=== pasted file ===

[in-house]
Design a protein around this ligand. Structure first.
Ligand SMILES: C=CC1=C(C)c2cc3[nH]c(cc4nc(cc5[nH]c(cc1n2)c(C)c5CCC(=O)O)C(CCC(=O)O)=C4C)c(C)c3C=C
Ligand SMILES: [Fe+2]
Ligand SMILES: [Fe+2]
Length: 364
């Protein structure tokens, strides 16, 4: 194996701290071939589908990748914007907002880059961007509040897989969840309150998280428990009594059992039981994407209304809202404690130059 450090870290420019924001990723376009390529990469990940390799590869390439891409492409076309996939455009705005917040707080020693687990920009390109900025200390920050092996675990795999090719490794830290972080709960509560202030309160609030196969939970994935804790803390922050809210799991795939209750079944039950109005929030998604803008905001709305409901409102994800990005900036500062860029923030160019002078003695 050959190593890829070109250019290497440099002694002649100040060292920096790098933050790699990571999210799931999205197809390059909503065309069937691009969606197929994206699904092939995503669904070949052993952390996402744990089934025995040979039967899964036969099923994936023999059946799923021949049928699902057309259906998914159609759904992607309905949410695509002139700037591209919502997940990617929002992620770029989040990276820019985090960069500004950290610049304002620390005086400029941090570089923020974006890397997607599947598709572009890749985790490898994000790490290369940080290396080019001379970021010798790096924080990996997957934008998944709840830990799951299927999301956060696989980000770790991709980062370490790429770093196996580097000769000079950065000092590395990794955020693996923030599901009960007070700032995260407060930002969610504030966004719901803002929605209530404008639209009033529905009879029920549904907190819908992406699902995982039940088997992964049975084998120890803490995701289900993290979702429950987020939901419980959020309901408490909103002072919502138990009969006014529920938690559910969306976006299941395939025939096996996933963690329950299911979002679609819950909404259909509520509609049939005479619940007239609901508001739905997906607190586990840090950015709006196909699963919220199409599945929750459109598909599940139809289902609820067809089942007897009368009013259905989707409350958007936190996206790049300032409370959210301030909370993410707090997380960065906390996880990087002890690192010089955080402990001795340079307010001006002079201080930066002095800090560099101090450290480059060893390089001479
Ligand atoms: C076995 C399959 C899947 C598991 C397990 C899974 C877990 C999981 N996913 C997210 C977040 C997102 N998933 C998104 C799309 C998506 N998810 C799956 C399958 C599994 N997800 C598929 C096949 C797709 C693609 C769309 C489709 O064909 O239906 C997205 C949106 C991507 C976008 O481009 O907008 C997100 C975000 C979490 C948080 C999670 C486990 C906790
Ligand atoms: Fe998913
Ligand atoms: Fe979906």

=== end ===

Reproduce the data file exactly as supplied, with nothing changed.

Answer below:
[in-house]
Design a protein around this ligand. Structure first.
Ligand SMILES: C=CC1=C(C)c2cc3[nH]c(cc4nc(cc5[nH]c(cc1n2)c(C)c5CCC(=O)O)C(CCC(=O)O)=C4C)c(C)c3C=C
Ligand SMILES: [Fe+2]
Ligand SMILES: [Fe+2]
Length: 364
């Protein structure tokens, strides 16, 4: 194996701290071939589908990748914007907002880059961007509040897989969840309150998280428990009594059992039981994407209304809202404690130059 450090870290420019924001990723376009390529990469990940390799590869390439891409492409076309996939455009705005917040707080020693687990920009390109900025200390920050092996675990795999090719490794830290972080709960509560202030309160609030196969939970994935804790803390922050809210799991795939209750079944039950109005929030998604803008905001709305409901409102994800990005900036500062860029923030160019002078003695 050959190593890829070109250019290497440099002694002649100040060292920096790098933050790699990571999210799931999205197809390059909503065309069937691009969606197929994206699904092939995503669904070949052993952390996402744990089934025995040979039967899964036969099923994936023999059946799923021949049928699902057309259906998914159609759904992607309905949410695509002139700037591209919502997940990617929002992620770029989040990276820019985090960069500004950290610049304002620390005086400029941090570089923020974006890397997607599947598709572009890749985790490898994000790490290369940080290396080019001379970021010798790096924080990996997957934008998944709840830990799951299927999301956060696989980000770790991709980062370490790429770093196996580097000769000079950065000092590395990794955020693996923030599901009960007070700032995260407060930002969610504030966004719901803002929605209530404008639209009033529905009879029920549904907190819908992406699902995982039940088997992964049975084998120890803490995701289900993290979702429950987020939901419980959020309901408490909103002072919502138990009969006014529920938690559910969306976006299941395939025939096996996933963690329950299911979002679609819950909404259909509520509609049939005479619940007239609901508001739905997906607190586990840090950015709006196909699963919220199409599945929750459109598909599940139809289902609820067809089942007897009368009013259905989707409350958007936190996206790049300032409370959210301030909370993410707090997380960065906390996880990087002890690192010089955080402990001795340079307010001006002079201080930066002095800090560099101090450290480059060893390089001479
Ligand atoms: C076995 C399959 C899947 C598991 C397990 C899974 C877990 C999981 N996913 C997210 C977040 C997102 N998933 C998104 C799309 C998506 N998810 C799956 C399958 C599994 N997800 C598929 C096949 C797709 C693609 C769309 C489709 O064909 O239906 C997205 C949106 C991507 C976008 O481009 O907008 C997100 C975000 C979490 C948080 C999670 C486990 C906790
Ligand atoms: Fe998913
Ligand atoms: Fe979906």